Although the maritime industry faces a significant challenge when it comes to sustainability, by taking drastic action and implementing sustainable practices, the sector could significantly reduce its impact on the environment and contribute to a more sustainable future that goes beyond the confines of its industry.

Final Thoughts

In conclusion, the convenience of ocean-going transportation comes with a price tag in terms of the environment. The industry relies heavily on fossil fuels, resulting in a significant contribution to global greenhouse gas emissions every year. To tackle these environmental issues, the maritime industry must strive to increase efficiency, minimise emissions, and promote sustainability.

Overall, it is crucial that we take steps to minimise the impact of ocean-going vessels on our oceans and waterways. This includes implementing regulations and best practices to prevent accidents and oil spills, as well as developing more effective methods for treating ballast water to prevent the introduction of invasive species, minimising noise pollution and of course, working towards total decarbonisation across the maritime industry.

When it comes to decarbonising the maritime industry, there does seem to be hope on the horizon. At the beginning of 2023, The European Union began making moves to regulate emissions from the shipping sector under its trading system. Under the proposed law, shipping companies will need to pay for the carbon they emit travelling to and from the EU and between EU ports by 2026.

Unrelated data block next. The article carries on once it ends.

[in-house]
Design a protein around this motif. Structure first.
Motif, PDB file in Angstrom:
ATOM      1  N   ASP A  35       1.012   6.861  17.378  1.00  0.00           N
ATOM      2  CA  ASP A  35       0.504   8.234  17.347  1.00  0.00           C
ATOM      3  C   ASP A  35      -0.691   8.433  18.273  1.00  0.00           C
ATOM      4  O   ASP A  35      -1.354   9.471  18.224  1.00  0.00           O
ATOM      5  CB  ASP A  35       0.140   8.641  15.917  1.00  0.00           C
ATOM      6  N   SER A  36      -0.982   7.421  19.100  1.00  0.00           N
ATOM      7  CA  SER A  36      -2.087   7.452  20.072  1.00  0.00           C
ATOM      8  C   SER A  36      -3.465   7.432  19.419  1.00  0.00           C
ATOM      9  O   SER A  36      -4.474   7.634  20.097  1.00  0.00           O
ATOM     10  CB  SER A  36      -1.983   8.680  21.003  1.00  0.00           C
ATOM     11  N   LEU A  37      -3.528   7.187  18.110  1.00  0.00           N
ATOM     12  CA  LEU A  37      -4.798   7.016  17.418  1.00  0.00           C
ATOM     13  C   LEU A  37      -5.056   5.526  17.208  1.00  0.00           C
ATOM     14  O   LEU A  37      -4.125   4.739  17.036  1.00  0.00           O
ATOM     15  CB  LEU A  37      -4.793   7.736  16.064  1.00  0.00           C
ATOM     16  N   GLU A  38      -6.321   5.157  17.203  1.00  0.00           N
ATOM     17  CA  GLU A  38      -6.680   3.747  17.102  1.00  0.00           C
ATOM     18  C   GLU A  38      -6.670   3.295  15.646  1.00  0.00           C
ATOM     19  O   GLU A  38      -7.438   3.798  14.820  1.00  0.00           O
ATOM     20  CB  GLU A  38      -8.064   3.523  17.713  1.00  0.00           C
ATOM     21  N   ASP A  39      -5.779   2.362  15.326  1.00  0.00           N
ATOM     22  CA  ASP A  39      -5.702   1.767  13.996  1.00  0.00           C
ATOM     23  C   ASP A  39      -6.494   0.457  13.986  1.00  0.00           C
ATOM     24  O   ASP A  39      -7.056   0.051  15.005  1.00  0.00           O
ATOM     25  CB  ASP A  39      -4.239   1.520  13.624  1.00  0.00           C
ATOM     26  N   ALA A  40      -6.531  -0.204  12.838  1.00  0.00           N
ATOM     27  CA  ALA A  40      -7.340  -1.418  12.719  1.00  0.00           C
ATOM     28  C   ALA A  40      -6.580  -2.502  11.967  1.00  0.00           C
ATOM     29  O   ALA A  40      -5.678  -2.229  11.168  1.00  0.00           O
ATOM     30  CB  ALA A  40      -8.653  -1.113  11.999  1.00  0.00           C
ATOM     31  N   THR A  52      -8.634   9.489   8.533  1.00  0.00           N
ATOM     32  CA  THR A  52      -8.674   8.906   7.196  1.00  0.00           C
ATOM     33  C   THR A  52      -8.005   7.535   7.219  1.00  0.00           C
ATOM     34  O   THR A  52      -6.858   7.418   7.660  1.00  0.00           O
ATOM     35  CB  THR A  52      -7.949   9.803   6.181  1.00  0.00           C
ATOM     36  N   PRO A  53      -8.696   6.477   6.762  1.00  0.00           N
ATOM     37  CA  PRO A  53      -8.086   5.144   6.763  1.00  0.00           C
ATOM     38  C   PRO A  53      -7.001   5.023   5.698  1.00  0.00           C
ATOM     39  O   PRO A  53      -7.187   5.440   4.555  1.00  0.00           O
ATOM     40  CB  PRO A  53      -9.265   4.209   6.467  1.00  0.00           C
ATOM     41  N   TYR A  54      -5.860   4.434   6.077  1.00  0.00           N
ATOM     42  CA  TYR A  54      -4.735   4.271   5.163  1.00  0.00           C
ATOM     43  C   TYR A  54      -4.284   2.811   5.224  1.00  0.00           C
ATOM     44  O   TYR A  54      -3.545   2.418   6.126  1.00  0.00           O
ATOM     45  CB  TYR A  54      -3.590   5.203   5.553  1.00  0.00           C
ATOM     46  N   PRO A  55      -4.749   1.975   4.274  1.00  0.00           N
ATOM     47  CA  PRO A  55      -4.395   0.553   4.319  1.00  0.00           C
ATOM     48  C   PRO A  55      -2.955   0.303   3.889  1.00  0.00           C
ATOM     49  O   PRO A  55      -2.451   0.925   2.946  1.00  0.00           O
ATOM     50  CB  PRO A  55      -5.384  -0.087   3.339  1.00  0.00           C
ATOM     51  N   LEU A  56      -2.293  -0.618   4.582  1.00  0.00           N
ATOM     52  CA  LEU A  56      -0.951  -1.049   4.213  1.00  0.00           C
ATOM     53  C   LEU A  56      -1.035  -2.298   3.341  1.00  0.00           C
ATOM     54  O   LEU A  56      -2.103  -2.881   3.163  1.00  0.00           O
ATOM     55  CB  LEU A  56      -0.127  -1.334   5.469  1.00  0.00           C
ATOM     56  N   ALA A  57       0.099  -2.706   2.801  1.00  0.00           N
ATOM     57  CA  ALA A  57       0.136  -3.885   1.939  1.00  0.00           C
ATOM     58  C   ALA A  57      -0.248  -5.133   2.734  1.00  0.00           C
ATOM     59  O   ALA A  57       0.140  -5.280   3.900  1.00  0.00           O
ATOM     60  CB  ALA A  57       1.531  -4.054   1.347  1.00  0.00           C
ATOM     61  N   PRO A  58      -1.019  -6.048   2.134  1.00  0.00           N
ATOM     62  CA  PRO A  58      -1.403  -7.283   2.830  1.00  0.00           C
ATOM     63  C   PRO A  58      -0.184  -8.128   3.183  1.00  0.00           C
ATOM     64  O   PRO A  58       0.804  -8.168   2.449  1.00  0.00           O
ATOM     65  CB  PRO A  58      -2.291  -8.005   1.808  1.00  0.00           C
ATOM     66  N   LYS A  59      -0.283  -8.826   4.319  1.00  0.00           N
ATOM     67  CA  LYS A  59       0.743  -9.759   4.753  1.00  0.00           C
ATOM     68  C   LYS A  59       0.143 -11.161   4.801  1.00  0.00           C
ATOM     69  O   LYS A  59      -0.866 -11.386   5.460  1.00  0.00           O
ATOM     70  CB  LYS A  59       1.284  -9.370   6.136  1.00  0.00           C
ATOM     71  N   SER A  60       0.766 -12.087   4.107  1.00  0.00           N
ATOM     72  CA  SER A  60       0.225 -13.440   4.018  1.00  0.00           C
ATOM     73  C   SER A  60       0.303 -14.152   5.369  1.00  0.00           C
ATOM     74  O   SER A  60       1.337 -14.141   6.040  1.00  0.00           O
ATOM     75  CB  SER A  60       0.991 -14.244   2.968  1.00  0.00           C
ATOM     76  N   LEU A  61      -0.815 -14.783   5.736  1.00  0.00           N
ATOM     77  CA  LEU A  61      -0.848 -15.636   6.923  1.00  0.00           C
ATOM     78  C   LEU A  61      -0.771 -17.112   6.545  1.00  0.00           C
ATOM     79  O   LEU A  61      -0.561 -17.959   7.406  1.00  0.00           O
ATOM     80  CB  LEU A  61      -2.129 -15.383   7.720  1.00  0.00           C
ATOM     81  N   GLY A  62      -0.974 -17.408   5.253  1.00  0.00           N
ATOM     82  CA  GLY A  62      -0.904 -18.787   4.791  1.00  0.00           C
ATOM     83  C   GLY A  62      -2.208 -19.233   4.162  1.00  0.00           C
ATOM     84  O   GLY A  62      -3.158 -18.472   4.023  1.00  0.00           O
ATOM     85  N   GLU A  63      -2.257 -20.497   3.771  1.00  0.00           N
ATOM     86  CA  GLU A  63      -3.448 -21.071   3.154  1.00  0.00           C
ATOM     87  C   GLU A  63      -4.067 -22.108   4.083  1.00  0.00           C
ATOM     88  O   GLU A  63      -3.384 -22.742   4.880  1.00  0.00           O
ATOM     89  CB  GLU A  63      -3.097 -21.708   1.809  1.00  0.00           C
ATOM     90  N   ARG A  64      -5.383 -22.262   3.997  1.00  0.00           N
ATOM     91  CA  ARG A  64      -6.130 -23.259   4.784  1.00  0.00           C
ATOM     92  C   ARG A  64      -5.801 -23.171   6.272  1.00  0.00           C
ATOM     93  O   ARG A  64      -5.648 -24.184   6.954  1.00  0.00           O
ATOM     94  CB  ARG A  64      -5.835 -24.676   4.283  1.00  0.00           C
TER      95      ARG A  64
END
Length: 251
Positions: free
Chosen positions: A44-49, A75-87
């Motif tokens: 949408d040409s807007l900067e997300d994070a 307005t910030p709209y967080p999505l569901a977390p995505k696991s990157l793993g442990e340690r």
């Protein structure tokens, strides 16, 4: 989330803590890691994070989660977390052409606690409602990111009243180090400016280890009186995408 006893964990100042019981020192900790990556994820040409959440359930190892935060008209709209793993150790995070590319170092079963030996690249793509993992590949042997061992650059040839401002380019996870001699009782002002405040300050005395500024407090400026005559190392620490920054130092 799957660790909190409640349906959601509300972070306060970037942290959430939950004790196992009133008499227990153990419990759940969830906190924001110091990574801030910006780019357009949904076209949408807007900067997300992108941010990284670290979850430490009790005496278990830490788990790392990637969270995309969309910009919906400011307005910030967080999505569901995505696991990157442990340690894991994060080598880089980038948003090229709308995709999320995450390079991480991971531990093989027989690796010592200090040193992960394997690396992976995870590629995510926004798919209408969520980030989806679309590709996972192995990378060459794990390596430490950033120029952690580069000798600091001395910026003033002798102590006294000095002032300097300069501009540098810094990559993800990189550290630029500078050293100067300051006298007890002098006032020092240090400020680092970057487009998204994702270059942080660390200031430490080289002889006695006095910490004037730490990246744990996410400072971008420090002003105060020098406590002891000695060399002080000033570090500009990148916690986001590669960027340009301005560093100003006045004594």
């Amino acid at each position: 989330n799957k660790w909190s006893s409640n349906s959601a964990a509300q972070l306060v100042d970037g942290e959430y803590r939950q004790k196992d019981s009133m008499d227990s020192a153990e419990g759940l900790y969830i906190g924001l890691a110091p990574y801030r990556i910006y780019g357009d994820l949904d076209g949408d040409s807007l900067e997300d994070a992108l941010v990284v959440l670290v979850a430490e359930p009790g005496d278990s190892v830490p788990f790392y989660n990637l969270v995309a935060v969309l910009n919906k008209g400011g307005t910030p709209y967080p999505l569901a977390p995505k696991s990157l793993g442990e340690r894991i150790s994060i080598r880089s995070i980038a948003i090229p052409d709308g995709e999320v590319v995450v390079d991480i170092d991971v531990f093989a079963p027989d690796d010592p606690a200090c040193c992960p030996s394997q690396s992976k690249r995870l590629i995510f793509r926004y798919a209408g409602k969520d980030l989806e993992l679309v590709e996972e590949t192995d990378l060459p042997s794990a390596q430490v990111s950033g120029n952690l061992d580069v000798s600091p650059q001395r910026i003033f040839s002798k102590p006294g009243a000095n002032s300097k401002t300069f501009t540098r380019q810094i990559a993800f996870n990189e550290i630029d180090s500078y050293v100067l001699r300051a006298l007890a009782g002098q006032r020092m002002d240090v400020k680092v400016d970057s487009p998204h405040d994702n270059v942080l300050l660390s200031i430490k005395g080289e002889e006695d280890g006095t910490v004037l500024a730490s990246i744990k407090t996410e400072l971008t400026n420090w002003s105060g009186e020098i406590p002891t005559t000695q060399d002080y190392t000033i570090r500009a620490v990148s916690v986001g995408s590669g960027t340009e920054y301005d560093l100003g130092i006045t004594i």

One thing is for sure, in order to mitigate the negative impact of its operations on the planet, the maritime industry must take proactive steps to improve the efficiency of the sector as well as reduce emissions and ultimately promote environmental sustainability.

By adopting more environmentally sustainable methods, the gradual and consistent decarbonisation of the maritime industry could spur green growth in a number of other significant industries around the world. By increasing demand, making the proper infrastructural investments, fostering industry collaboration and engaging with governmental organisations, the maritime industry has the ability to encourage more investment in renewable projects and essentially launch the green revolution our planet needs.